"She's living a life of luxury in Europe, and she's a rich woman now," Boone explains. "She's still using her forgery skills. But she’s been able to just get away from the hunt and have kind of a peaceful life with her daughter and [is] able to raise her daughter in Europe, which is not devoid of racism, however. Taking her out of poverty and the racism of America and putting her in a new space. You just find Roxy in a good space and then she has to join the hunt again. And she's like, ‘These fools. Fine, I guess, for the betterment of the world.’"
Boone also sounds off on the notable downtime between production on the two seasons: "It was like a family reunion because we’re a tight-knit bunch — it’s a great group people. But yeah, it's a little hard to get your footing again and the characters are in such different places. So you're trying to remember what it was and then create something new and bring the band back together. We were shooting in New York first season and LA second season. So all of our lives have changed. It was a little chaotic."
JOE MIZUSHIMA (Louis Ozawa)
Run down in broad daylight at the end of Season 1, Joe (a haunted and Vietnam War vet) was forcibly kidnapped by the Nazi cabal and taken to Hitler's South American hideaway. What exactly did they want with him? The potential of his inner darkness.
"You can see truly the monster that they were able to bring out of him," Ozawa teases. "You see a little bit of that in Season 1. Meyer definitely indoctrinates Joe into a certain kind of mode and then the Nazis are just so much better at bringing out the inner monster in people. As a metaphor for our world, it's true. We all have these monsters within us and it just takes the right kind of cue and then people snap."
TRAVIS LEICH (Greg Austin)
You may recall that this Nazi stooge was incarcerated at the end of Season 1 for his involvement in trying to bring about a Fourth Reich in America. Thanks to a prequel short (also directed by Bollig) released on social media, we know that Travis kills a guard and escapes his cell at Sing Sing just before the second season kicks off in earnest. "You can't hold Travis in," Austin declares. "We get to see him mature throughout the season and find his way back to the heart of evil."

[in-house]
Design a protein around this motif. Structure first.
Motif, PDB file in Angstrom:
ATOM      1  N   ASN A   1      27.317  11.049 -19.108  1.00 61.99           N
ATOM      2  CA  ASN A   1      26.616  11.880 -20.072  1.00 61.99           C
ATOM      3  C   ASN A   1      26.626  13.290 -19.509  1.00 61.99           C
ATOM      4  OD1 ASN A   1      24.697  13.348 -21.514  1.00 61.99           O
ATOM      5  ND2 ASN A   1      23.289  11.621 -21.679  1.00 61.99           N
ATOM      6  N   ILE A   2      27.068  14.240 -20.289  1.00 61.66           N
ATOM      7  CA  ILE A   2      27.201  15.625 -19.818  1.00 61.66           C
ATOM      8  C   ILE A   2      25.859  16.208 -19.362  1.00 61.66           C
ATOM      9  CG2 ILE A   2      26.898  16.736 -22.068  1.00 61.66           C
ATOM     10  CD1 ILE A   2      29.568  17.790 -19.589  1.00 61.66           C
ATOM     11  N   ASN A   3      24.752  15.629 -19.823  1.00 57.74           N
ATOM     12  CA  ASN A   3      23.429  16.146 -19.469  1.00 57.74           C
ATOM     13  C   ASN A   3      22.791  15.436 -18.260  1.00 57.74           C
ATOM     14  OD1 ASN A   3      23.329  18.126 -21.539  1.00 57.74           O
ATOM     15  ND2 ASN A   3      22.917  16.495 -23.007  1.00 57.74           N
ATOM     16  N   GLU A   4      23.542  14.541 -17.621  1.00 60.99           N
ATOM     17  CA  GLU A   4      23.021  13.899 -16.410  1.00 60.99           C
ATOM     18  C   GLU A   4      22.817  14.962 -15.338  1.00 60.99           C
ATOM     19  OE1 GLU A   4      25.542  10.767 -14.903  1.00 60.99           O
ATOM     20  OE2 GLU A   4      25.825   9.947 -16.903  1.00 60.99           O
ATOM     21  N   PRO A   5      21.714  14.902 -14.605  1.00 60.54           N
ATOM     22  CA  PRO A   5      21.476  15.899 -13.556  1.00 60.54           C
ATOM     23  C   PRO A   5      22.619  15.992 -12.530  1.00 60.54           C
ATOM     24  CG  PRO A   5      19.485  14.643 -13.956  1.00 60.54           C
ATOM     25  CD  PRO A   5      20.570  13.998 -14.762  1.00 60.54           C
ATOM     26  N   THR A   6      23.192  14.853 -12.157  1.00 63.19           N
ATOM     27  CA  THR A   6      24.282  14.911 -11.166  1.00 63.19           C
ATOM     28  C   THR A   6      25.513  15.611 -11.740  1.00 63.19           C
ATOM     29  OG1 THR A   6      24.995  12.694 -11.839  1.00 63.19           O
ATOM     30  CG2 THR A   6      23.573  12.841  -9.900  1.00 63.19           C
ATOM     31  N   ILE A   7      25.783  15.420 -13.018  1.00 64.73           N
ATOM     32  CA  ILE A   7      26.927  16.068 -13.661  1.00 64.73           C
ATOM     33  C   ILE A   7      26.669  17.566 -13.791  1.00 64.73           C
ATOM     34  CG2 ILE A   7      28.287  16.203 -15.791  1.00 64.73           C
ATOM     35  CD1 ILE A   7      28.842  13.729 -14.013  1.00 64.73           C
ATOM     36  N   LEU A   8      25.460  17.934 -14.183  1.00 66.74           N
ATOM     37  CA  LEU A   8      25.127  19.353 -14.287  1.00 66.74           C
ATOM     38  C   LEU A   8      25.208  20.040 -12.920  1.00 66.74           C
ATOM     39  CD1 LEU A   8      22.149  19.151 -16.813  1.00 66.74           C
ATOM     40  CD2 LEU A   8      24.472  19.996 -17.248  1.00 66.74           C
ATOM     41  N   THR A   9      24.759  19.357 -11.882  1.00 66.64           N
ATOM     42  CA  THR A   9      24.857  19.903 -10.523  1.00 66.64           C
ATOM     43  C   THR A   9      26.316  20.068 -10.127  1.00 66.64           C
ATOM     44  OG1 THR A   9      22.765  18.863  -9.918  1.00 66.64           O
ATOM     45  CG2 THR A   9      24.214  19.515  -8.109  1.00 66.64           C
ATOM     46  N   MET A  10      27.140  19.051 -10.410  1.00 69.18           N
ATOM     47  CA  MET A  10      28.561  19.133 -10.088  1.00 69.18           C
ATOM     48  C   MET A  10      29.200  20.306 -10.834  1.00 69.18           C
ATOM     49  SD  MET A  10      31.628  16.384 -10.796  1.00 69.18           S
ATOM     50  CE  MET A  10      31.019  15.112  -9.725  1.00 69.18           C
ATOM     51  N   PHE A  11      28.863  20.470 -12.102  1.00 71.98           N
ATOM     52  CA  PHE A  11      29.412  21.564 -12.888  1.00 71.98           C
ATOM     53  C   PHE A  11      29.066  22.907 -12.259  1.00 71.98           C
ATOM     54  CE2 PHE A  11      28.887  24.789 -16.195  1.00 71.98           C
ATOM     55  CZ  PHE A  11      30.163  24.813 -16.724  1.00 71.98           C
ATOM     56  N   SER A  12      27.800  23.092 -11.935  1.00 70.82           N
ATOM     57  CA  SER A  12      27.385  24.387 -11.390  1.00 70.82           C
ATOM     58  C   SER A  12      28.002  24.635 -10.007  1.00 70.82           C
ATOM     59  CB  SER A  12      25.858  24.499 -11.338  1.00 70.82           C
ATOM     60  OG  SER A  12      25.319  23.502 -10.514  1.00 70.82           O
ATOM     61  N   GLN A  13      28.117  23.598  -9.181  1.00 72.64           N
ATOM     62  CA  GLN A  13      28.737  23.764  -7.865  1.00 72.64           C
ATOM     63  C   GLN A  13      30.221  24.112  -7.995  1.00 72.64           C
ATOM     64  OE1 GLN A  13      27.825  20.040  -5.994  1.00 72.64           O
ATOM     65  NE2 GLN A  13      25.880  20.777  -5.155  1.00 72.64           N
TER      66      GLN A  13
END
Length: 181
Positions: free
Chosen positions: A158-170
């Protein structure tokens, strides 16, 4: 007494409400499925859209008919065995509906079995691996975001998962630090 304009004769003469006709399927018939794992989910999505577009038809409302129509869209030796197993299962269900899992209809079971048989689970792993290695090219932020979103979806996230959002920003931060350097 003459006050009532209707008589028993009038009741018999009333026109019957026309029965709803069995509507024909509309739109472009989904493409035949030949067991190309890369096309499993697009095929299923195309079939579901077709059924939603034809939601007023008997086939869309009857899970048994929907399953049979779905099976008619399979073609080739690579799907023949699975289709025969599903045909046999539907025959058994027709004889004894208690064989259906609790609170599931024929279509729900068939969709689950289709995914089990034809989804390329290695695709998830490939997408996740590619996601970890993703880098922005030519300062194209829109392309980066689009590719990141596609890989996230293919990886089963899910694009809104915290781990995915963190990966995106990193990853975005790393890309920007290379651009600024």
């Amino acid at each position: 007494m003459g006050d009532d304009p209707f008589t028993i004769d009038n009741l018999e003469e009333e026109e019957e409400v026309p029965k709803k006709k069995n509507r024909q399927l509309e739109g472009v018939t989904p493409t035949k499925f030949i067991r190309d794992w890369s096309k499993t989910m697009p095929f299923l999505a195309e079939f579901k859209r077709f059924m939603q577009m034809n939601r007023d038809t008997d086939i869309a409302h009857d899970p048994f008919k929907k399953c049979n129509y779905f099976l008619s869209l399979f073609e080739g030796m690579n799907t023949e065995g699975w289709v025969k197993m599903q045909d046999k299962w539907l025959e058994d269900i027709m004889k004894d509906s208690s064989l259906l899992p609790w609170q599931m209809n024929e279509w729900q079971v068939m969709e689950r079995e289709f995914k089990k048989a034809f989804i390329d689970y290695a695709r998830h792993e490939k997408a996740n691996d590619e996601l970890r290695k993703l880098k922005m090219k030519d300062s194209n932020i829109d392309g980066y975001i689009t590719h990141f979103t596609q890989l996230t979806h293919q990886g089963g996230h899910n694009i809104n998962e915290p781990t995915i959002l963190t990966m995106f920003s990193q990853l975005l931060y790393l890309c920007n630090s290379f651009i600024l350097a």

He continues: "I wanted to mature Travis this season and David was really on board with that. I'd been working hard over the pandemic and didn't have much else to do apart from work out. You see a lot more of Travis this season and I mean a lot more. In that vein, I wanted Travis to be darker and sexier in a way. I wanted the face of evil to be attractive. There's got to be an appeal to evil, right? There’s got to be some reasoning behind it and for someone like Travis — a pure psychopath in my mind — becoming more enticing in way, sexually, was a real interesting flavor that I prompted to David and he loved it."
To get back into Travis's deplorable shoes, the actor listened to a lot of heavy metal. "Music is my go-to as an actor if I need to inhabit a particular emotion. Especially over the pandemic, I got into some pretty heavy metal music and that's what inspired a lot of Travis this season. Before going on set, I normally put some headphones on and listen to something pretty heavy and dark and aggressive."
All eight episodes of the second and final season of Hunters drop onto Prime Video next Friday — Jan. 13.
Jonesing for another thriller inspired by true events? A Friend of the Family is now streaming on Peacock.